One was a big deal: A woman was lying on a downtown sidewalk in May, and another woman stopped to check on her, then called 9-1-1, saving her life. The woman didn't remember any details but wanted to thank her unknown helper. She couldn't write a letter to the editor because, she said, she had a stroke and "all I can do is talk."
Another caller praised a newspaper customer service worker, who had driven to her disabled brother's home to hand him a newspaper after a delivery snafu. Getting the newspaper is the highlight of his day, she said (giving me a highlight for my day), and getting a special delivery gave him great joy.
The calls reminded me of the importance of developing an attitude of kindness, seeing the small ways that the world supports us rather than focusing on the insults.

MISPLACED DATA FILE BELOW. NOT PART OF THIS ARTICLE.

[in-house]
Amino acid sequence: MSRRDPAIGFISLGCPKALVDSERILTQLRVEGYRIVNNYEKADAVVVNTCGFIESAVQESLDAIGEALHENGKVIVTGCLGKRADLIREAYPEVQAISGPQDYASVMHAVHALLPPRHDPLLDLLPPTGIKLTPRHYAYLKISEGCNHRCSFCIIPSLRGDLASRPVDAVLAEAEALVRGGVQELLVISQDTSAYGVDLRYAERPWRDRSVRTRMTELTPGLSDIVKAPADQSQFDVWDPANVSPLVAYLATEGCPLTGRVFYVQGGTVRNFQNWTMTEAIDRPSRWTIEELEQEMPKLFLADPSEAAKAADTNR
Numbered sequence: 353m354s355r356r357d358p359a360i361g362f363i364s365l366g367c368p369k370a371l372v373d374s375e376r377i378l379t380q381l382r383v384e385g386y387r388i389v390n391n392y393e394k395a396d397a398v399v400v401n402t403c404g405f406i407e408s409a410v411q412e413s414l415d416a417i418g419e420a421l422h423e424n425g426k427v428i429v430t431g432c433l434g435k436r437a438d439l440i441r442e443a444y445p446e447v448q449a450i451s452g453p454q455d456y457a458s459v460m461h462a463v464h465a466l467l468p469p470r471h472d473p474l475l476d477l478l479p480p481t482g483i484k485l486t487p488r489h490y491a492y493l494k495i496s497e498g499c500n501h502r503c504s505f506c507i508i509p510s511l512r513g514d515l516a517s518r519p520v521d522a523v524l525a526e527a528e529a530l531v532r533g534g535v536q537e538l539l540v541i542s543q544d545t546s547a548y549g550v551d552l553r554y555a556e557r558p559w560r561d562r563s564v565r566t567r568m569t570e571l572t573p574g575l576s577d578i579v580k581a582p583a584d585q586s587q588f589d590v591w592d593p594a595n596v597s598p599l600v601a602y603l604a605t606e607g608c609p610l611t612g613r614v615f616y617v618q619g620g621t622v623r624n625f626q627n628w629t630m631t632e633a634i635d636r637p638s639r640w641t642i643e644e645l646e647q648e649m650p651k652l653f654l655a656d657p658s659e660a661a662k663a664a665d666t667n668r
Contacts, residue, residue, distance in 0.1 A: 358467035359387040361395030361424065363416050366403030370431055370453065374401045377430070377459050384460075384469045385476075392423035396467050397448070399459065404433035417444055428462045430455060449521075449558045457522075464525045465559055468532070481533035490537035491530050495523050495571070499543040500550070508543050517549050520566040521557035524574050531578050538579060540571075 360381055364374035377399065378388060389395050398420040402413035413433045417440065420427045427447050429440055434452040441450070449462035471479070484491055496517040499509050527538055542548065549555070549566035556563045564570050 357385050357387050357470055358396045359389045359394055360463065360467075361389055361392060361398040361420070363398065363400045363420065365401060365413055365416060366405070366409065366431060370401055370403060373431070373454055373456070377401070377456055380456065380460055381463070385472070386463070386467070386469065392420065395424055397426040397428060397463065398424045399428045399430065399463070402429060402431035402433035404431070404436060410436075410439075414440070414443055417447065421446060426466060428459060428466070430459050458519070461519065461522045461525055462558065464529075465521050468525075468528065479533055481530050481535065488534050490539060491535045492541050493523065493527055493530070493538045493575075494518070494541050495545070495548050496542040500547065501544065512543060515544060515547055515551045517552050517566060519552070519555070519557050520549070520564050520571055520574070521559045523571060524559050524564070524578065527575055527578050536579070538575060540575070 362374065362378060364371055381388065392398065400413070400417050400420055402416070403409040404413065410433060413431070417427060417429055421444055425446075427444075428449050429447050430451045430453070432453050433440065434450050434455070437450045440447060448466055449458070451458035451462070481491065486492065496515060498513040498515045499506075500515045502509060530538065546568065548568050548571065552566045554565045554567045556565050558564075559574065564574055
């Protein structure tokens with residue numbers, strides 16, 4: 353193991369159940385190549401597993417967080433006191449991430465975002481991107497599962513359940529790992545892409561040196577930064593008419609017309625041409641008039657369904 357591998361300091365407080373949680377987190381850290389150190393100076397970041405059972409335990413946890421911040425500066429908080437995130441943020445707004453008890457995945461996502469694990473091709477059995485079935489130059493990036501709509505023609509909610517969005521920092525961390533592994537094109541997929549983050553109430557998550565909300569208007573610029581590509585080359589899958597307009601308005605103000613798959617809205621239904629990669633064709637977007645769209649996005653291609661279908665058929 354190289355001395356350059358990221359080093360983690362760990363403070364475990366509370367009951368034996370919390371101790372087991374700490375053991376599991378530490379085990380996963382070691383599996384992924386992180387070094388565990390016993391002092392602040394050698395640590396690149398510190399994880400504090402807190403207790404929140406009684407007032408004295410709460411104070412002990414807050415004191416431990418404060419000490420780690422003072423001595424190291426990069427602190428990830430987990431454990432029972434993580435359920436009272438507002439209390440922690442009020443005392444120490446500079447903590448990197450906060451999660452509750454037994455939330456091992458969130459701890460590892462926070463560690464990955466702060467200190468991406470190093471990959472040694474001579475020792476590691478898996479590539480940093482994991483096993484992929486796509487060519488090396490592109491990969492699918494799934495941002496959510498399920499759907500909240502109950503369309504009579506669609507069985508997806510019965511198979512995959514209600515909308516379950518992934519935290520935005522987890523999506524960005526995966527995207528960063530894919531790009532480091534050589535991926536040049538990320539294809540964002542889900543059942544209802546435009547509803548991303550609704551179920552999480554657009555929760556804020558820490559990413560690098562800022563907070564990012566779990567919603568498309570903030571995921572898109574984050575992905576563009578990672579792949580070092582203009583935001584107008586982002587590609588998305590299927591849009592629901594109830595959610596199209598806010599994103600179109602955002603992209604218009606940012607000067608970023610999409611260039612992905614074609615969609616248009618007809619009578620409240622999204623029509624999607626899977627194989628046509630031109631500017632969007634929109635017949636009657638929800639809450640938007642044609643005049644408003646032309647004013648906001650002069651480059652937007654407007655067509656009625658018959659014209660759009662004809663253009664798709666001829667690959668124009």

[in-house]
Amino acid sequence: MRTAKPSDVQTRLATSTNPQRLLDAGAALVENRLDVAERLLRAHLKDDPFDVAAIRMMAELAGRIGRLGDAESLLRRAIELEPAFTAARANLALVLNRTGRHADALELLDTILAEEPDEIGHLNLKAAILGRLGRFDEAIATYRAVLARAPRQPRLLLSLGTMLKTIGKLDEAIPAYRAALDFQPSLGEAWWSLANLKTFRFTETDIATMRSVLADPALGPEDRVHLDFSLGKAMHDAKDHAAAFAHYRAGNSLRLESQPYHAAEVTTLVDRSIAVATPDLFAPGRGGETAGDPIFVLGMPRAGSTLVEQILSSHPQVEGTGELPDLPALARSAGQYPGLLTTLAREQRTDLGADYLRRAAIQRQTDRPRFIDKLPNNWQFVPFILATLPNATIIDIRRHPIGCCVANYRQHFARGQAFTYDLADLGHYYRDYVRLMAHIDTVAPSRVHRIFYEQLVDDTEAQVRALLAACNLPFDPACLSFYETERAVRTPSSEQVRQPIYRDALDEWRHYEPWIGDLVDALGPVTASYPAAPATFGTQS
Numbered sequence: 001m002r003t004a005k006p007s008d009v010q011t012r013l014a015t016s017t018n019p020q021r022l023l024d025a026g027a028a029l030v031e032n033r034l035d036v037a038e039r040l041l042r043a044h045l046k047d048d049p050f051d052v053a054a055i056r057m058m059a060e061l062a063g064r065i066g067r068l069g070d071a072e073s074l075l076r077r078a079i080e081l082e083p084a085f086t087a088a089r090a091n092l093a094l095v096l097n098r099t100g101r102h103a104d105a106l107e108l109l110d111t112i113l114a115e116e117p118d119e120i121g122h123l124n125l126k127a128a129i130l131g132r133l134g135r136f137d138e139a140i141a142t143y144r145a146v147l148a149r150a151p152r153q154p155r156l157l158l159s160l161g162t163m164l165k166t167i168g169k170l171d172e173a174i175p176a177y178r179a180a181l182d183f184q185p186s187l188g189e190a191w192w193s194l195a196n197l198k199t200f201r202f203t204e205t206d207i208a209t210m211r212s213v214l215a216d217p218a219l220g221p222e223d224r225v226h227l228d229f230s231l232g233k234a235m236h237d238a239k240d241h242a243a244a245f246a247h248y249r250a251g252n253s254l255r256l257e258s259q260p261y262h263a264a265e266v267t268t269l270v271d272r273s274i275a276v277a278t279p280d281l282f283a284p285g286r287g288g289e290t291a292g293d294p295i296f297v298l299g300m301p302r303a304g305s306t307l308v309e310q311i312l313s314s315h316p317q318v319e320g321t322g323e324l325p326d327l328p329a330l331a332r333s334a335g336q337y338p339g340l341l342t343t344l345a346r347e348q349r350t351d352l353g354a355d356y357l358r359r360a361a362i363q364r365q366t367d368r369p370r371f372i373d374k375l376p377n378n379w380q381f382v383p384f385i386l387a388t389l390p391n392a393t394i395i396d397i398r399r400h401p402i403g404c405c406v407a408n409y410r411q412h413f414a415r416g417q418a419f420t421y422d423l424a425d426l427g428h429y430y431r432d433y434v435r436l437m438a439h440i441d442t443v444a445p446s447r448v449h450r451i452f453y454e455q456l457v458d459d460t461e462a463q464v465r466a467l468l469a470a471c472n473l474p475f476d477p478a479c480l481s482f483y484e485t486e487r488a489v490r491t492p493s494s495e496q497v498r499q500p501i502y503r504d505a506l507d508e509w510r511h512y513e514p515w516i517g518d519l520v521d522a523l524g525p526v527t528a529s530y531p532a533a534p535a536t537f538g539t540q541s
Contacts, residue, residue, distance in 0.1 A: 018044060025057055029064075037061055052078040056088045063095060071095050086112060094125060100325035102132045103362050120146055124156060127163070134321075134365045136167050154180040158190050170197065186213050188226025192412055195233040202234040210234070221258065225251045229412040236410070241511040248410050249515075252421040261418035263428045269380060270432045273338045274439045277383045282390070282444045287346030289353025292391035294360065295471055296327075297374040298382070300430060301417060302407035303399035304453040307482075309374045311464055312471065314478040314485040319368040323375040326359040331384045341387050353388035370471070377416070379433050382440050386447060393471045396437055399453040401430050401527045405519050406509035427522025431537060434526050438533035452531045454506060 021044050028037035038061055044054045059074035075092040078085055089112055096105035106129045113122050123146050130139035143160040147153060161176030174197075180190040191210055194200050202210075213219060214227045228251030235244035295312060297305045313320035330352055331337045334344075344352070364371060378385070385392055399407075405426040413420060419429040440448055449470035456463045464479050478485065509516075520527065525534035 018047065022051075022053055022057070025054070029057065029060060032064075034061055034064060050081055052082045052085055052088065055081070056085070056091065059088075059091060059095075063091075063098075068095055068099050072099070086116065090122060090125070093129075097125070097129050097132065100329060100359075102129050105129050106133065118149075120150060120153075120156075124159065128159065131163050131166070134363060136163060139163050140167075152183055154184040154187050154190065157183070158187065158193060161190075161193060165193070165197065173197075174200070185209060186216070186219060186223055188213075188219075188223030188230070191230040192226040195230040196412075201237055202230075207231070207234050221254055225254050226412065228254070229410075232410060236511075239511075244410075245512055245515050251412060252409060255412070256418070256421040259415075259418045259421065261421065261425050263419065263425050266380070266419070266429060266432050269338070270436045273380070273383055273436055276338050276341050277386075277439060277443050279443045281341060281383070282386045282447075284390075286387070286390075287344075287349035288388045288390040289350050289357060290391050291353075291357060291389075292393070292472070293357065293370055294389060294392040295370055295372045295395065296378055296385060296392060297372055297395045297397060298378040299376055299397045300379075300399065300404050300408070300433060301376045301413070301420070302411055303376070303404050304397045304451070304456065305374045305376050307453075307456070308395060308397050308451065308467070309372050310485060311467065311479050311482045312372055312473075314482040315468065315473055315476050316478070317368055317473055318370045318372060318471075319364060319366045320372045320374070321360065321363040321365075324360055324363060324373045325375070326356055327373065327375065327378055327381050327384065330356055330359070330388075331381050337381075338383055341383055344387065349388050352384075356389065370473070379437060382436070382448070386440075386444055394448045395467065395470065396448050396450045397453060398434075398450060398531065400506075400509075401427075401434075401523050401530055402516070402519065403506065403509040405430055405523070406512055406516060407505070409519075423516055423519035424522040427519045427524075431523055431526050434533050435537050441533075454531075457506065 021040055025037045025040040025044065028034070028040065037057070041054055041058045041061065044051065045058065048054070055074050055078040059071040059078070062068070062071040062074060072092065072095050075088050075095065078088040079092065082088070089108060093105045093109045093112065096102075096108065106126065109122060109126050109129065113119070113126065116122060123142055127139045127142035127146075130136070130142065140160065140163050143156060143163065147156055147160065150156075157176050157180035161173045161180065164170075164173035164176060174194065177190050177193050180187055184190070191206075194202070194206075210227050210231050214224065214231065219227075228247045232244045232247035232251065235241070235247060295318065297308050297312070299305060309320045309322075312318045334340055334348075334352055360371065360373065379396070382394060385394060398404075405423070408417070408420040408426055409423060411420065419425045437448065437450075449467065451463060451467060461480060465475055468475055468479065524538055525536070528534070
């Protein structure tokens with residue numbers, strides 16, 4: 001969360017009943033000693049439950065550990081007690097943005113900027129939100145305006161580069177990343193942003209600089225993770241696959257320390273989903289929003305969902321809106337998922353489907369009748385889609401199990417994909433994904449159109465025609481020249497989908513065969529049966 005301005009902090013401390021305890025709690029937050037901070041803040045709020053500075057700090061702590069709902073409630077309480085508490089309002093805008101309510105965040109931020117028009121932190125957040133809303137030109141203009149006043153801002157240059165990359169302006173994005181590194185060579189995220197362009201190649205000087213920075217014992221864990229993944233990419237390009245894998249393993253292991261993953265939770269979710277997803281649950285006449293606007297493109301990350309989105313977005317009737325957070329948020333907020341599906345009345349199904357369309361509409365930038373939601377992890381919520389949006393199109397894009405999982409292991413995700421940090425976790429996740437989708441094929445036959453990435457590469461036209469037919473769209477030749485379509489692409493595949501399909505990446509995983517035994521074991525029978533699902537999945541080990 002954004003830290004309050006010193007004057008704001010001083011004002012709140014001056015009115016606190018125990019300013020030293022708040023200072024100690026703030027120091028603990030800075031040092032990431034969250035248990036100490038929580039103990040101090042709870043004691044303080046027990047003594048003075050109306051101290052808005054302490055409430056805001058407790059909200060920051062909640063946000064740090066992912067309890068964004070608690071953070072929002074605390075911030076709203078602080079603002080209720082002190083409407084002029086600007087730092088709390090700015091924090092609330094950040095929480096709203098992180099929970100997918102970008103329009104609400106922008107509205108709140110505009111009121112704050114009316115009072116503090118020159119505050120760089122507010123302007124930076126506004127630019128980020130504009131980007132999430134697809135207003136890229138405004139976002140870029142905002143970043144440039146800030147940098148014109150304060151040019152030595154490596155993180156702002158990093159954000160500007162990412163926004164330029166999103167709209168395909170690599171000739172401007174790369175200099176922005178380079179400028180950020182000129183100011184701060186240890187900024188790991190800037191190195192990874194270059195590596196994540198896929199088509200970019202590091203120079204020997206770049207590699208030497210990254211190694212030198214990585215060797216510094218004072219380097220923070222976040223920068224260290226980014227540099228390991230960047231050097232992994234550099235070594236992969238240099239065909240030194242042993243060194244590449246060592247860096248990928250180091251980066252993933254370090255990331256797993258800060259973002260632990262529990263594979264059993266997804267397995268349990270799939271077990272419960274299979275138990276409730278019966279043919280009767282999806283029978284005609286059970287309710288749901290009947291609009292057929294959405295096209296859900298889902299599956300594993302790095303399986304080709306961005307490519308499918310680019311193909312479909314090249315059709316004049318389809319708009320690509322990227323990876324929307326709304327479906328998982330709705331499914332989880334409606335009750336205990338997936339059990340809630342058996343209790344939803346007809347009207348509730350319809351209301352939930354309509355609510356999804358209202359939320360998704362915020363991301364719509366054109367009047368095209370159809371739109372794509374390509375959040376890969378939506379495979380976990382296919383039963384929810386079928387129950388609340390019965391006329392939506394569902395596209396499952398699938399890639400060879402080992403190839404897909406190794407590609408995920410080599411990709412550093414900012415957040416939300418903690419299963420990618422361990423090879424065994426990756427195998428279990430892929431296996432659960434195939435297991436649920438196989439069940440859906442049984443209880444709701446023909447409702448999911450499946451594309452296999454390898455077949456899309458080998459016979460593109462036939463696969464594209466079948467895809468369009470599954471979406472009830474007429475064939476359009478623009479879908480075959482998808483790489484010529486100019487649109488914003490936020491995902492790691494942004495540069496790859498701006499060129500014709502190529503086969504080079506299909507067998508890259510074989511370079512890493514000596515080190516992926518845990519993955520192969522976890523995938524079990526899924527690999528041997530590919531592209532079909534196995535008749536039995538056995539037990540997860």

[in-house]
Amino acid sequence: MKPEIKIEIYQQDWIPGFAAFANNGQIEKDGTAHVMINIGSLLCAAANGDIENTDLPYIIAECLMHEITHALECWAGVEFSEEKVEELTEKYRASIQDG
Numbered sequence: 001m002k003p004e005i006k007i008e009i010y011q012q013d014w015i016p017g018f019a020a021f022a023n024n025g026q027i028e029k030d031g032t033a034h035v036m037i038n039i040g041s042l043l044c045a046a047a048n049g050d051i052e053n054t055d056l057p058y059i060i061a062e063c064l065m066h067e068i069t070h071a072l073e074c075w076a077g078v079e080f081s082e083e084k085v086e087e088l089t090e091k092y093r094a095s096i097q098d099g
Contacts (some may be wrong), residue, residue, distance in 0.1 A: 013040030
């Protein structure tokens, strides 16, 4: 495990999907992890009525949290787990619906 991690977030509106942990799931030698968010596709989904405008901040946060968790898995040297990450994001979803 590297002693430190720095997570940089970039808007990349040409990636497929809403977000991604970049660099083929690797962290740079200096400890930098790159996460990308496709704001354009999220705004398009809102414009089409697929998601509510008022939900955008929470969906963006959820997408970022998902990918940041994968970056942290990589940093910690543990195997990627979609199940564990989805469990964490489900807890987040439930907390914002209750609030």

The magic of metta practice is not that it makes us more loving toward the person we love or tolerant of the annoying person. It is that it turns our mind. We begin to see everything with the wide eyes of compassion rather than the narrowed eyes of judgment.
The Buddha identified 11 benefits of lovingkindness (speaking to monks, so Buddha says "he"):
1. "He sleeps in comfort. 2. He awakes in comfort. 3. He sees no evil dreams. 4. He is dear to human beings. 5. He is dear to non-human beings. 6. Devas (gods) protect him. 7. Fire, poison, and sword cannot touch him. 8. His mind can concentrate quickly. 9. His countenance is serene. 10. He dies without being confused in mind. 11. If he fails to attain arahantship (the highest sanctity) here and now, he will be reborn in the brahma-world.These advantages "are to be expected from the release of heart." What a beautiful phrase. If you released your heart from its constrictions, from its limits, from its cages, where would it go?
What if you looked for the kindness in the world instead of the meanness? What if you realized the ground-floor gratitude of being able to take in breath? How would that change your life?